Click here to view the Cesar Chavez Day 2017 schedule for the Ports of Los Angeles, Long Beach, and Oakland. While the ports will remain open normal hours, several of the piers will be closed both shifts so make sure to check for details on specific locations.
Those involved in freight transportation are trying to push regulators away from regulating a $100 per 20-foot container fee at the ports of Los Angeles, Long beach, and Oakland according to recent reporting from joc.com.
If charged, the fee would help eliminate diesel emissions at the terminals. The fee was proposed by the South Coast Air Quality Management District (AQMD) to help decrease the effect of diesel emissions that trucks and cargo-handling equipment produce. The fee is projected to generate as much as $1.1 billion each year.
If implemented, the fee will take effect July 1, 2018. While most attempts at levying container fees have failed, the Pacific Merchant Shipping Association (PMSA) is taking this recent proposal very seriously.
One of the main concerns that the PMSA has regarding container fees on international and domestic commerce is that major legal issues may be presented if the revenue generated is not equal to the benefits that the fee payers receive. Of the revenue generated from this bill, only 10 percent would go back into maritime sources.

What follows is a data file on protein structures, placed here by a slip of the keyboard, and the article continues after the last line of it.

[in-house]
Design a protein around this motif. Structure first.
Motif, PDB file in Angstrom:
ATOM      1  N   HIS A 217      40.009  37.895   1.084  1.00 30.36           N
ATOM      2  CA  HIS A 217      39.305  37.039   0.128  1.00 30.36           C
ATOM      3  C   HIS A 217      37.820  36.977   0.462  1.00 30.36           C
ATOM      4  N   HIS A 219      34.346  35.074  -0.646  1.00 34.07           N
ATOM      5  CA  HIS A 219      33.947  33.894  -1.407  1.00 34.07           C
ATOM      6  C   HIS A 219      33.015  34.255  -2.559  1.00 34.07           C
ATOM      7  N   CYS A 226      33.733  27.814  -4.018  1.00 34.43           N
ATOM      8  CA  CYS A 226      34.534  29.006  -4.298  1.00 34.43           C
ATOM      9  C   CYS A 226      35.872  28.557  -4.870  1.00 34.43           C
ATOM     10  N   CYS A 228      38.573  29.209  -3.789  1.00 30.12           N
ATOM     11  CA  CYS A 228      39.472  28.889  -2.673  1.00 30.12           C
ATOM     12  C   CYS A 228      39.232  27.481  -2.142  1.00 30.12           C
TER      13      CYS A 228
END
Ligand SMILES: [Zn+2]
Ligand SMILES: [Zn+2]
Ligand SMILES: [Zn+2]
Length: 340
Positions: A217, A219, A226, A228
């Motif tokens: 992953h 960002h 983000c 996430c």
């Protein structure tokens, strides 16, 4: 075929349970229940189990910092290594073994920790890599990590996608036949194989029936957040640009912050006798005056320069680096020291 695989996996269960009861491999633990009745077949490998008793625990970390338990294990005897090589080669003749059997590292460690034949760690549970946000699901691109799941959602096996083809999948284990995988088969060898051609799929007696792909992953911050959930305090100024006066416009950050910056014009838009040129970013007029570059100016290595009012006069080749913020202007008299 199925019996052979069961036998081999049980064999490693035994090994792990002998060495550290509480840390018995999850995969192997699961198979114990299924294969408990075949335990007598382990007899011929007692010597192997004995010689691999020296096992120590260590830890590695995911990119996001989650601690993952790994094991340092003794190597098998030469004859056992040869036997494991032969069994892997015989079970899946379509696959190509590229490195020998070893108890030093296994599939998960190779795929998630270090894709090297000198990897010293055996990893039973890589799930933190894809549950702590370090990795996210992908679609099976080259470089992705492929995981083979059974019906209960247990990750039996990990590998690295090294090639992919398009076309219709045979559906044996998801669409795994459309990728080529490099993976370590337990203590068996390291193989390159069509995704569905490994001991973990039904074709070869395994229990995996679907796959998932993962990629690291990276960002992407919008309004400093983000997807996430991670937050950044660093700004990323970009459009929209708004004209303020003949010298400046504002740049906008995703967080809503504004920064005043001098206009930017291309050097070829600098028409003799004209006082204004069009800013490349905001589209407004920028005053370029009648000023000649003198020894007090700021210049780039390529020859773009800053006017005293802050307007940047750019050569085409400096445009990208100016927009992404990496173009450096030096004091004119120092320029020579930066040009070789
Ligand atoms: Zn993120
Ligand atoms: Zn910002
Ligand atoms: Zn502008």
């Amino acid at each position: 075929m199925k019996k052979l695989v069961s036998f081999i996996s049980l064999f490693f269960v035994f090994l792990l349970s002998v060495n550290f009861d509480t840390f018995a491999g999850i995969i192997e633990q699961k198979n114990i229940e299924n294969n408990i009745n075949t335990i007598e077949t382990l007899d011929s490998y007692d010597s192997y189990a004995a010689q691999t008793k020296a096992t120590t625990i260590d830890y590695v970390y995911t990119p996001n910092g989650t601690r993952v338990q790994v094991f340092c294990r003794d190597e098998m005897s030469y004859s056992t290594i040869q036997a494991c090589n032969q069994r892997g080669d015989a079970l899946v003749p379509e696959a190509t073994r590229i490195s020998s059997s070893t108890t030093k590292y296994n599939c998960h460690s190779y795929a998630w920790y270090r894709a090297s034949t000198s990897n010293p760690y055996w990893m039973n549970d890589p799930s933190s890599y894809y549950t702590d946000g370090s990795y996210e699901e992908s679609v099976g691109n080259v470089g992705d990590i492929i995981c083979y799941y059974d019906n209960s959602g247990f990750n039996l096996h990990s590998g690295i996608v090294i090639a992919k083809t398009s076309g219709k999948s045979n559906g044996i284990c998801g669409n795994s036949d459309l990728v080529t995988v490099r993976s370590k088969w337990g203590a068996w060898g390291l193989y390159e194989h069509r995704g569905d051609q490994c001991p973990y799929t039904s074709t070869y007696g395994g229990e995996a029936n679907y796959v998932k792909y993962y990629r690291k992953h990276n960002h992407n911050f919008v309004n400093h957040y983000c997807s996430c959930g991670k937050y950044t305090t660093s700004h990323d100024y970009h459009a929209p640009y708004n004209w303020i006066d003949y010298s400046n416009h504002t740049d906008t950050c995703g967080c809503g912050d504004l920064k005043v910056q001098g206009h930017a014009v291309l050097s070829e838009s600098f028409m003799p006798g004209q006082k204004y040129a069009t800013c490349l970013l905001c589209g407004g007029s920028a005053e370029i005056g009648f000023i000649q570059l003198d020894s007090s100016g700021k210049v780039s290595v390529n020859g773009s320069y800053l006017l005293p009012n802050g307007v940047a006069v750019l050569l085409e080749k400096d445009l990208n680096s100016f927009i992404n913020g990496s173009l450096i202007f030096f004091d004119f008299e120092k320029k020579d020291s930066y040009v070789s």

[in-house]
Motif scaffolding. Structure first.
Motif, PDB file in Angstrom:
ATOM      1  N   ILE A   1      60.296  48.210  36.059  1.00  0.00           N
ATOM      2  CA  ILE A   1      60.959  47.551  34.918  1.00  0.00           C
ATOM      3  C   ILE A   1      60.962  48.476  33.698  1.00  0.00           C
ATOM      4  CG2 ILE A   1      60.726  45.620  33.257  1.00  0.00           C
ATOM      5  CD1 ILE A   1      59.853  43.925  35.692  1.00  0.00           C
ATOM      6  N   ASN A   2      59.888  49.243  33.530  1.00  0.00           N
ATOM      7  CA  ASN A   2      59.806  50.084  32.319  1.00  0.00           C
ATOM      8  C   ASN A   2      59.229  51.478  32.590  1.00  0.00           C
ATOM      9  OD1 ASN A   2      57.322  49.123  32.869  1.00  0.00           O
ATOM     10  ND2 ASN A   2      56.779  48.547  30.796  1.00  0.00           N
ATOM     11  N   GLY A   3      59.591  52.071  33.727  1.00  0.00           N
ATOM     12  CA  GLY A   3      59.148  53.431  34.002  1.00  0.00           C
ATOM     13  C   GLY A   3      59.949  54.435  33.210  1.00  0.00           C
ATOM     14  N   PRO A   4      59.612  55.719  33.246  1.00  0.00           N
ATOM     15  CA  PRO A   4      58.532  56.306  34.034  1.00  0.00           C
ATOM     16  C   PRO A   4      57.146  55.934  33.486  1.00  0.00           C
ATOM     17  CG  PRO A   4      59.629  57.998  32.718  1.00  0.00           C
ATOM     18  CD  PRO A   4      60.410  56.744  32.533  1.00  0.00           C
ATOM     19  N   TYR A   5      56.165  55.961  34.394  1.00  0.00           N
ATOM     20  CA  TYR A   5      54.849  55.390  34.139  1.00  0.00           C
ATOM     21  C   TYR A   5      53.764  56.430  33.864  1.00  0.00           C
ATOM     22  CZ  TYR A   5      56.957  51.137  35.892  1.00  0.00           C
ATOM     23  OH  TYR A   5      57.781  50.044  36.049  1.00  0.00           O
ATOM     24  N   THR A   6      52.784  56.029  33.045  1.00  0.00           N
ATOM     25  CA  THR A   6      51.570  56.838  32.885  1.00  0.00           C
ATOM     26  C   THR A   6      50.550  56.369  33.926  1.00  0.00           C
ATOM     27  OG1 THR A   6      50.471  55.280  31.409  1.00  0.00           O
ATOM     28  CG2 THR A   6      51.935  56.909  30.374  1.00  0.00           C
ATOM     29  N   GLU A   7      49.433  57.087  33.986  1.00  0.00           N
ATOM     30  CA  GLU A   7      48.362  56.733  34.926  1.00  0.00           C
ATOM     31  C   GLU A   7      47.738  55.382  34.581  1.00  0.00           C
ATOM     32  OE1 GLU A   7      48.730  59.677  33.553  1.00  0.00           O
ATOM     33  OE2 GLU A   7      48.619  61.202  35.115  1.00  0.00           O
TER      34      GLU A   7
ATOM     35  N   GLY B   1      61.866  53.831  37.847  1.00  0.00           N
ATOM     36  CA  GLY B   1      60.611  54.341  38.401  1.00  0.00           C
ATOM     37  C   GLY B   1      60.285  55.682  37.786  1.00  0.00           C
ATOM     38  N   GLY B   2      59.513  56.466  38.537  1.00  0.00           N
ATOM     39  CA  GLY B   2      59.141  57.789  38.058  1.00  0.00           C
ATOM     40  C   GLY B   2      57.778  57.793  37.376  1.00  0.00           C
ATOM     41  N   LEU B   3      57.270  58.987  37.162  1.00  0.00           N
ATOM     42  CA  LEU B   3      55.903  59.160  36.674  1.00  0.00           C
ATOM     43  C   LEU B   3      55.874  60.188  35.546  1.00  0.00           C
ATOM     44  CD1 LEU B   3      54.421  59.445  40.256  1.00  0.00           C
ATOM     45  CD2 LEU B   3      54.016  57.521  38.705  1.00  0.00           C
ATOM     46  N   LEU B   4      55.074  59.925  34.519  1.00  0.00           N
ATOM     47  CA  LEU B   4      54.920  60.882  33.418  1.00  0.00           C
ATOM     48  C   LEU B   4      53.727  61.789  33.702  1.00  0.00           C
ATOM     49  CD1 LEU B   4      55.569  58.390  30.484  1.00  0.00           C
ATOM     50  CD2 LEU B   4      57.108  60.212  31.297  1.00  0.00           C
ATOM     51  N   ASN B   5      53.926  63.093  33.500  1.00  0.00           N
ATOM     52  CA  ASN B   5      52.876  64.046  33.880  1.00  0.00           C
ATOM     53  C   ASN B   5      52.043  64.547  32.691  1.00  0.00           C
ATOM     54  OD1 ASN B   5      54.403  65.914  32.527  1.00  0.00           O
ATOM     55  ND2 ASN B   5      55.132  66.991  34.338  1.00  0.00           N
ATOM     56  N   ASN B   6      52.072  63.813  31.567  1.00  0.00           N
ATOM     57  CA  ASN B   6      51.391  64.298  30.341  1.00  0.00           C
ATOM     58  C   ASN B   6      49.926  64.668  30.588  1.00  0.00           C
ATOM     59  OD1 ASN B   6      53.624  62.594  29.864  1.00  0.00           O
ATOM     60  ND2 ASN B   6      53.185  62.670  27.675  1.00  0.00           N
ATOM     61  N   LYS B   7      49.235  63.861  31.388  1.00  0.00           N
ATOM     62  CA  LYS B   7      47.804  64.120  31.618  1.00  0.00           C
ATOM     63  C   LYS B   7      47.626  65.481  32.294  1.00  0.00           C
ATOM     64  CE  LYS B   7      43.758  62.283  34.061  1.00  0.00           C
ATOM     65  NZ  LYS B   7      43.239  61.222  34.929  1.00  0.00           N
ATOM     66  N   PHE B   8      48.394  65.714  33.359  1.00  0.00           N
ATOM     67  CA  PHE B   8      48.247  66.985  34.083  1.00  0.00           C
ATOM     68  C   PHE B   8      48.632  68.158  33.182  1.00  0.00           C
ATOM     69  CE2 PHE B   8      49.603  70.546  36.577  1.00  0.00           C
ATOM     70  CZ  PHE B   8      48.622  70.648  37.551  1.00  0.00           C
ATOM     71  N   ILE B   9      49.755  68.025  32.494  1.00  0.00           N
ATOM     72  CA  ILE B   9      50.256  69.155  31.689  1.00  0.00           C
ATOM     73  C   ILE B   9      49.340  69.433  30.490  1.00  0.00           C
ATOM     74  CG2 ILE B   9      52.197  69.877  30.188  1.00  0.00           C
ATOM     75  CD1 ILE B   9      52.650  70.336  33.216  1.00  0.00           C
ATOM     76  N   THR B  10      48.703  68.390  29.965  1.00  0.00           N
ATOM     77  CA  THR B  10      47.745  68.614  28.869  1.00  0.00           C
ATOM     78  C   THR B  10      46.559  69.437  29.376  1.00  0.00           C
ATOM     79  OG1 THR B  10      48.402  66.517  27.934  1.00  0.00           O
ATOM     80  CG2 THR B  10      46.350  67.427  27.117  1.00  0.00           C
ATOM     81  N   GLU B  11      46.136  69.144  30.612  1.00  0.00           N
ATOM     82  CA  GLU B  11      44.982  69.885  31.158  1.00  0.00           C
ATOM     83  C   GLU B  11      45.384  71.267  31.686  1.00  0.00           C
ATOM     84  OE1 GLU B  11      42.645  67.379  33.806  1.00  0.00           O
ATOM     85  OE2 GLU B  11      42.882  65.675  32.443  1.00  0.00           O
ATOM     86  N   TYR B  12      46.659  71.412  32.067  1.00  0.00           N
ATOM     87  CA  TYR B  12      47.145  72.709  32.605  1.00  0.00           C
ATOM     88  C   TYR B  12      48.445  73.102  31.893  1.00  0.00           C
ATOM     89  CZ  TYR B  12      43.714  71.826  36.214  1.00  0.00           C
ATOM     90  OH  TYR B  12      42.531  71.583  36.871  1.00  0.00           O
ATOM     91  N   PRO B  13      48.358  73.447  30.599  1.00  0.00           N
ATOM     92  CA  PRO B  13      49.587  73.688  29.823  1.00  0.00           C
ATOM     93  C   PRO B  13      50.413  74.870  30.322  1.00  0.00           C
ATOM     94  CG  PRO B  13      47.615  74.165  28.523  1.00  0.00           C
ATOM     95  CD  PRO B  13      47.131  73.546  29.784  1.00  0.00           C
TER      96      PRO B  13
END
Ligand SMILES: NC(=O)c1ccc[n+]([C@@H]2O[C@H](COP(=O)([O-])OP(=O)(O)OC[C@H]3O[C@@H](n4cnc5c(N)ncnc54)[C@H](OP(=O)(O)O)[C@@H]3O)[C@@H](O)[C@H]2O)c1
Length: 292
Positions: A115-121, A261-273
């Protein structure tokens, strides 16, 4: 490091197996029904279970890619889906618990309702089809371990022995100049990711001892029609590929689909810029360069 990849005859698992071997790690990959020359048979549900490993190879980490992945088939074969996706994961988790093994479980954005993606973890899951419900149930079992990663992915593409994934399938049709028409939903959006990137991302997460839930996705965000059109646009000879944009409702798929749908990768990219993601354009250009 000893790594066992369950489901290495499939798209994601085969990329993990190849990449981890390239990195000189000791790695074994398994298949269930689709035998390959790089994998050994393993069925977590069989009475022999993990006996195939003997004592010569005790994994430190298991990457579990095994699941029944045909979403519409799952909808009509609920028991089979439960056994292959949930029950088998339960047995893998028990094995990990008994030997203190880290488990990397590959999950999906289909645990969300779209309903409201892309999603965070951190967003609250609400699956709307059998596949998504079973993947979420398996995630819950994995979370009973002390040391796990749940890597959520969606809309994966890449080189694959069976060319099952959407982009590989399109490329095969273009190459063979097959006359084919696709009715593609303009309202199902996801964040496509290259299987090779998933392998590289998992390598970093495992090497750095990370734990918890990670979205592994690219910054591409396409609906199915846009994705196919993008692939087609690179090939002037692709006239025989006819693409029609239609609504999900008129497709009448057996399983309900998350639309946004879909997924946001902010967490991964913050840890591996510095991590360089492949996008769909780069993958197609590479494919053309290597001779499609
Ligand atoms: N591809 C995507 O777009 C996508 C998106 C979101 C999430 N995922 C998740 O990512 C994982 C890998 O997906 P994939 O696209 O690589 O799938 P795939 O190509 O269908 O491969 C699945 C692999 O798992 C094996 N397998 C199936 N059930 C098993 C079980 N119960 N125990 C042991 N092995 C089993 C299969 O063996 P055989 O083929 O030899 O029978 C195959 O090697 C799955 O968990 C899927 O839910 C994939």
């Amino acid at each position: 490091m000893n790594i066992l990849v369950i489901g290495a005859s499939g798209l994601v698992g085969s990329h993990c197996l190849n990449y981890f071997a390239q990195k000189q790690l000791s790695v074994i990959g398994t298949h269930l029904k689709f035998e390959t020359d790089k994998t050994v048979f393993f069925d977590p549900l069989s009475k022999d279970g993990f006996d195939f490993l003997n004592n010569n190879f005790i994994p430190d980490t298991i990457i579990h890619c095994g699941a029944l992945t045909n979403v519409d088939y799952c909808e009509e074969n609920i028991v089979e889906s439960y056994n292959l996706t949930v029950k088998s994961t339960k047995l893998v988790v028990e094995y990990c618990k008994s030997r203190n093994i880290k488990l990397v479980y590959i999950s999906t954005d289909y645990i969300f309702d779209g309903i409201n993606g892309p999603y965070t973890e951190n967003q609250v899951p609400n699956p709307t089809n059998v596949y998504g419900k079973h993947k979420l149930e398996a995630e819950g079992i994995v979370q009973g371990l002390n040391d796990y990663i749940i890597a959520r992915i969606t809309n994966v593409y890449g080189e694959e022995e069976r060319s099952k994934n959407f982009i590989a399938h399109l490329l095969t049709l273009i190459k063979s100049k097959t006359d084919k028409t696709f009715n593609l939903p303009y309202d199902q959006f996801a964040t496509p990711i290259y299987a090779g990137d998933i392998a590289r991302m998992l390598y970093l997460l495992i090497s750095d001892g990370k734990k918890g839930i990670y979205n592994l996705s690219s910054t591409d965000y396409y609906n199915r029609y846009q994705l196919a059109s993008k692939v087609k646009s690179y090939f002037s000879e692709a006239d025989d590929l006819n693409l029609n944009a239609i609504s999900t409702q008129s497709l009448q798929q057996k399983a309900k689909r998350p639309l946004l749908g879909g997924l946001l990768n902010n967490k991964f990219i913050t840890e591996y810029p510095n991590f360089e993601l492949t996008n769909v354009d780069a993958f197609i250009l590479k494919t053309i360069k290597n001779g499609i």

Laws regarding container fees were introduced at the federal level in 2008 and 2015, but were turned down by congress. The three container ports located in California handle huge volumes of containers. Last year alone, more than 17 million Twenty-Foot Equivalent Units (TEUs) passed through California ports.
In 2006, Los Angeles and Long Beach established a clean truck program, including a gate fee, which was charged to vehicles who chose not to retire their older trucks. Any trucks conforming to the clean truck guidelines were not charged the fee. They decided to charge a fee to encourage the transition from older trucks that cause pollution to newer cleaner trucks. The current clean truck programs in these areas have banned trucks older than 2007. By doing so, they have encouraged the deployment of trucks that emit less discharge. Over the next 15 years, the ports, as well as the AQMD, hope to transition to strictly electric powered trucks.
The PMSA has agreed to help lead groups in the shipper and container industry to work with the AQMD to make sure that the laws are not passed. The PMSA has a letter drafted stating that the fee’s AQMD has proposed will fund programs that aren’t relevant, and that there has been no examination of the affects that the fees will have on ports as well as the businesses they serve.